So, we headed off down Colden Clough (Ragley Wood) and I took the opportunity to have another rant about idiots with Satnavs. Lisa thought that I was going on a bit, but what did we spot further down the bridleway? You got it – fresh car tyre tracks – they are still at it, despite the additional handwritten notice at the beginning of the bridleway! Whoever it was had been remarkably persistent – they carried on for many hundreds of metres before apparently giving up and reversing back the way they'd come.

After a long descent back into the valley we headed round to Innovation for some well-deserved treats!

I measured the route using my Memory Map software when I got home – 7.25 miles (11.7 km) – quite a nice little Sunday afternoon walk.

***Unfortunately, the 906 bus is a summer only service so by the time you read this it will just about have stopped running for this year. It runs between Hardcastle Crags and Widdop Reservoir (via Hebden Bridge) from mid-April to early October.

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6 Responses to “Walk – Parts of Pennine Bridleway/Mary Towneley Loop”

  1. Good on you and Lisa for catching the bus!!! Unfortunately Saturdays my day! i hope ANTON wasnt to miserable? the last weekend is the 3rd and 4th of Oct (Seasons of Mists) all them cyclists will wind Anton up.
    Collecting my cycle MON 21ST SEPT will be tight for SOM, but determined to have a go!

  2. Hi Andy.

    It’s a nice little bus ride that one so I thought I’d mention it in case anybody else fancied it the sound of it. I can see why the bus doesn’t run all year though – there was only one other passenger (he was staying on until Widdop Reservoir). One other person tried getting on at Heptonstall for Blackshaw Head and took some persuading that the bus doesn’t go there. I think he might have been drunk.

    The driver seemed friendly enough. We told him that we were walking up to Lower Gorple and he slowed down on the approach to Widdop Gate and asked if we wanted to alight there. We told him that we were walking up from Clough Foot so he dropped us off there instead.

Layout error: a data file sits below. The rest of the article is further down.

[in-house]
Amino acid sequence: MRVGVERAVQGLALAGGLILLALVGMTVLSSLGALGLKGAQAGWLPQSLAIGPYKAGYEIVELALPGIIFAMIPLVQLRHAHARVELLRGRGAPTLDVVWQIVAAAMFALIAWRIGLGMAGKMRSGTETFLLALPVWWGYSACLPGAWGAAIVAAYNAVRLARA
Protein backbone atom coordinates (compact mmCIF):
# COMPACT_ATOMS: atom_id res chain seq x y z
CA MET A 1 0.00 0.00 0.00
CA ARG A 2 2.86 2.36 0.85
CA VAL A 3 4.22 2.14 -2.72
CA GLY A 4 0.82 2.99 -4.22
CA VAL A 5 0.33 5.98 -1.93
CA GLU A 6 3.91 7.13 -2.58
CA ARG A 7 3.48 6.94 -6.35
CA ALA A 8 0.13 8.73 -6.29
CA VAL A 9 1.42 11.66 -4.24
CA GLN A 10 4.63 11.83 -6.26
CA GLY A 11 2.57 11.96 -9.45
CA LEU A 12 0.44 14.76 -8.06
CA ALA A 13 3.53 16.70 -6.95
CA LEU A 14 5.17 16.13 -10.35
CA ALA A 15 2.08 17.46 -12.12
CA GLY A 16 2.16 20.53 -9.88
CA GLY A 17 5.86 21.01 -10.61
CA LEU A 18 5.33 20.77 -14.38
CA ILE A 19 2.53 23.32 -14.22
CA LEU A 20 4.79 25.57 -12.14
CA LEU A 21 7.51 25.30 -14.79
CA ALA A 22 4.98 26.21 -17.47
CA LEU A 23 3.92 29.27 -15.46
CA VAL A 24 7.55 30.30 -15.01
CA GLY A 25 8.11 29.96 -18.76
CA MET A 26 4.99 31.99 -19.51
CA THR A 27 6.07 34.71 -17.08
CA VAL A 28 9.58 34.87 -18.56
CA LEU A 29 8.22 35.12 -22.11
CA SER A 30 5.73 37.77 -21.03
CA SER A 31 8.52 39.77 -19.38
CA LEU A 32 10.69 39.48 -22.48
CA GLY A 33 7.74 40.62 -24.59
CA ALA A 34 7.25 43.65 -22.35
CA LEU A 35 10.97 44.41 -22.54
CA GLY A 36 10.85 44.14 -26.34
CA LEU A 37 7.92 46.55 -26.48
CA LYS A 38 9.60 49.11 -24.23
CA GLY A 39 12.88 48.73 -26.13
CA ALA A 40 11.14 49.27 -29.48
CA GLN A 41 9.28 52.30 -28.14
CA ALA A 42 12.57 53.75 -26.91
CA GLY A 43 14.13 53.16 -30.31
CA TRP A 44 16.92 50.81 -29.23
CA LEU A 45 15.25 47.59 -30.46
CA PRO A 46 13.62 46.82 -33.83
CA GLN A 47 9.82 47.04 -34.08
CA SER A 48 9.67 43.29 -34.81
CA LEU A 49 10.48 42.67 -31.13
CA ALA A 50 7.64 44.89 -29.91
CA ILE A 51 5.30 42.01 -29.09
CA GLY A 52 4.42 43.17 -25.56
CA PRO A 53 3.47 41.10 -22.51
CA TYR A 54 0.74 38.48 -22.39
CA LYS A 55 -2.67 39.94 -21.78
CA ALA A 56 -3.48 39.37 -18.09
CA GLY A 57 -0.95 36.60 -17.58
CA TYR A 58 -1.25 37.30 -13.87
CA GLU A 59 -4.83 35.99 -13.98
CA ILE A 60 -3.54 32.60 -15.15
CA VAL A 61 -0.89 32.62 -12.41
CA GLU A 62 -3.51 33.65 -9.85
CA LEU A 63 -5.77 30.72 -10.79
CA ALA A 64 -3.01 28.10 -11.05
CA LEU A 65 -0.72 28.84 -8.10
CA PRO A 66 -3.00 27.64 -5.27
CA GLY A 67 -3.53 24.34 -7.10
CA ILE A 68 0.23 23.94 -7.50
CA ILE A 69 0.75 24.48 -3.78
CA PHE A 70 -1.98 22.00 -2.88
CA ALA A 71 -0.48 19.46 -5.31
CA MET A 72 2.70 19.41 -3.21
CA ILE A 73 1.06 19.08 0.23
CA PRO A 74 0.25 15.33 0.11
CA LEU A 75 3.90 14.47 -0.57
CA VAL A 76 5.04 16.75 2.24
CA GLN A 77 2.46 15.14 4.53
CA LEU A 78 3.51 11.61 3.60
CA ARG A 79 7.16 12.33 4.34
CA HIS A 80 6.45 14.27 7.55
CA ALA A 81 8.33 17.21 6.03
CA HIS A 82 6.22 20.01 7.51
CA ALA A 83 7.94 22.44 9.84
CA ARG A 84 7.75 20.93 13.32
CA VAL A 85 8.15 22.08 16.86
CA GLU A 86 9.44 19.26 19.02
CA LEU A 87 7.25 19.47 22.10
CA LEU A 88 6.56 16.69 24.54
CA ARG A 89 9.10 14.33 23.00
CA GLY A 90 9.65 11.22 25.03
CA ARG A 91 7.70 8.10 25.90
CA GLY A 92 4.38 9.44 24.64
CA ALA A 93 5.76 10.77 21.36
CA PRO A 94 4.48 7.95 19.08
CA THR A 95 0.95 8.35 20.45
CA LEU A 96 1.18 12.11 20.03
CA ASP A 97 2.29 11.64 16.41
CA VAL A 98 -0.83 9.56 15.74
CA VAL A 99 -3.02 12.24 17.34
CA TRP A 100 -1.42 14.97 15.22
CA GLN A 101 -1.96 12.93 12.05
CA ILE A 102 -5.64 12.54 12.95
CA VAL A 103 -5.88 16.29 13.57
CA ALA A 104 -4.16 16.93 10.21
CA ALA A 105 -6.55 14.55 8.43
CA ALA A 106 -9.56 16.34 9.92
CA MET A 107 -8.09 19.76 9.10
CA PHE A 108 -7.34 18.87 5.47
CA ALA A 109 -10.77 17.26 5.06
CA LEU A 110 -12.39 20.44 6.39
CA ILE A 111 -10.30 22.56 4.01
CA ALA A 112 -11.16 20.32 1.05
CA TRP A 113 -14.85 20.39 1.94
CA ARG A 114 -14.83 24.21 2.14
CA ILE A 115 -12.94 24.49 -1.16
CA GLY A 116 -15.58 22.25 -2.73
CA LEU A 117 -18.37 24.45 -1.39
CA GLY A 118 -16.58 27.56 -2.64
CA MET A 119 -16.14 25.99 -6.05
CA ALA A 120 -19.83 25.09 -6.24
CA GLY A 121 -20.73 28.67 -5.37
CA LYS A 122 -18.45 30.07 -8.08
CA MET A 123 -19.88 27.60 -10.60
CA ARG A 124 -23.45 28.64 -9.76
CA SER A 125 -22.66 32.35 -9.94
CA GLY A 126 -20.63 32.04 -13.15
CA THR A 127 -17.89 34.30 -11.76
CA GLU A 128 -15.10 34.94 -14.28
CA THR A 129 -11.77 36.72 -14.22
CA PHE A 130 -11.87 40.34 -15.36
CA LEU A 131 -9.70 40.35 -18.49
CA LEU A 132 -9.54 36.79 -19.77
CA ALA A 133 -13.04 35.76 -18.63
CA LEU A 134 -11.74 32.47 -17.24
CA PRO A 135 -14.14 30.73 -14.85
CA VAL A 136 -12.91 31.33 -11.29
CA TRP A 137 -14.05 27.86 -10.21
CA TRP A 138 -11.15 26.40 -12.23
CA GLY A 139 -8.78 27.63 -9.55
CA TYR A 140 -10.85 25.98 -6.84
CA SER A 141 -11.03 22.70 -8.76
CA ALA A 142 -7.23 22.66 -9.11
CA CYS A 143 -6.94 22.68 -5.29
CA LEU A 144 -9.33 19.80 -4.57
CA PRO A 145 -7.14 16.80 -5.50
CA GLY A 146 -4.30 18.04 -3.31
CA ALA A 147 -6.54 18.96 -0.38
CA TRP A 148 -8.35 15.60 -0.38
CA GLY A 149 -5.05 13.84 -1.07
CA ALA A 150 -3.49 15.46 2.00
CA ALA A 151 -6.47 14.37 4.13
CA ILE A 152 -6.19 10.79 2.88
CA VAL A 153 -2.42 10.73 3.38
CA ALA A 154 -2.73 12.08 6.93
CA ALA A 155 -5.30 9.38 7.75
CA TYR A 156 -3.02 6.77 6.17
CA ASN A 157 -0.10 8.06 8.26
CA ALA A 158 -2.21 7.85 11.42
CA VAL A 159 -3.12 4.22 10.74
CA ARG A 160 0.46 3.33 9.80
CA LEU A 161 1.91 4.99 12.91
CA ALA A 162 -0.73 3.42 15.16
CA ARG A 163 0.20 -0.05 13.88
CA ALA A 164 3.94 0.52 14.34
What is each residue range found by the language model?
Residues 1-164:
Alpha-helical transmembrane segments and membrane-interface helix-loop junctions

I’m glad to hear that you will be getting your bike in time for SoM. You can join me in the tailenders if you like and just ride round at a nice easy pace. My mate Bill might be riding it too now that he has a compact chainset on his bike. He said that he’d wait until the day of the ride to make a final decision though because he doesn’t have any wet weather cycling gear over here. If he rides he’ll either go with the faster riders if he feels frisky, or perhaps he’ll dawdle along too. I’m not sure that he’d want to ride as slowly as me though! 😉

    I’m doing the Shakespeare 100 from Stratford-upon-Avon at the weekend so I’m hoping that the weather settles down a bit.

    See you soon,
    Colin.

  3. I got completely lost around Hbden bridge thanks to these ‘roads’.

    I stood at the top of the first bridleway looking down it in pure dis-belief that that was the turning the satnav wanted me to take / it was the road marked on the map

  4. Yes, old maps show these as ‘roads’, ‘streets’ and ‘lanes’ but really a lot of them are just former pack horse trails and farm tracks now classified as bridleways. It’s why the locals are putting the hand-written signs up, but people are still listening to their satnavs rather than using their eyes and brains.

  5. BTW, I’m looking forward to riding the MTL.

  6. Me too, but I hope that we have a few dry days beforehand to let the mud dry up a bit!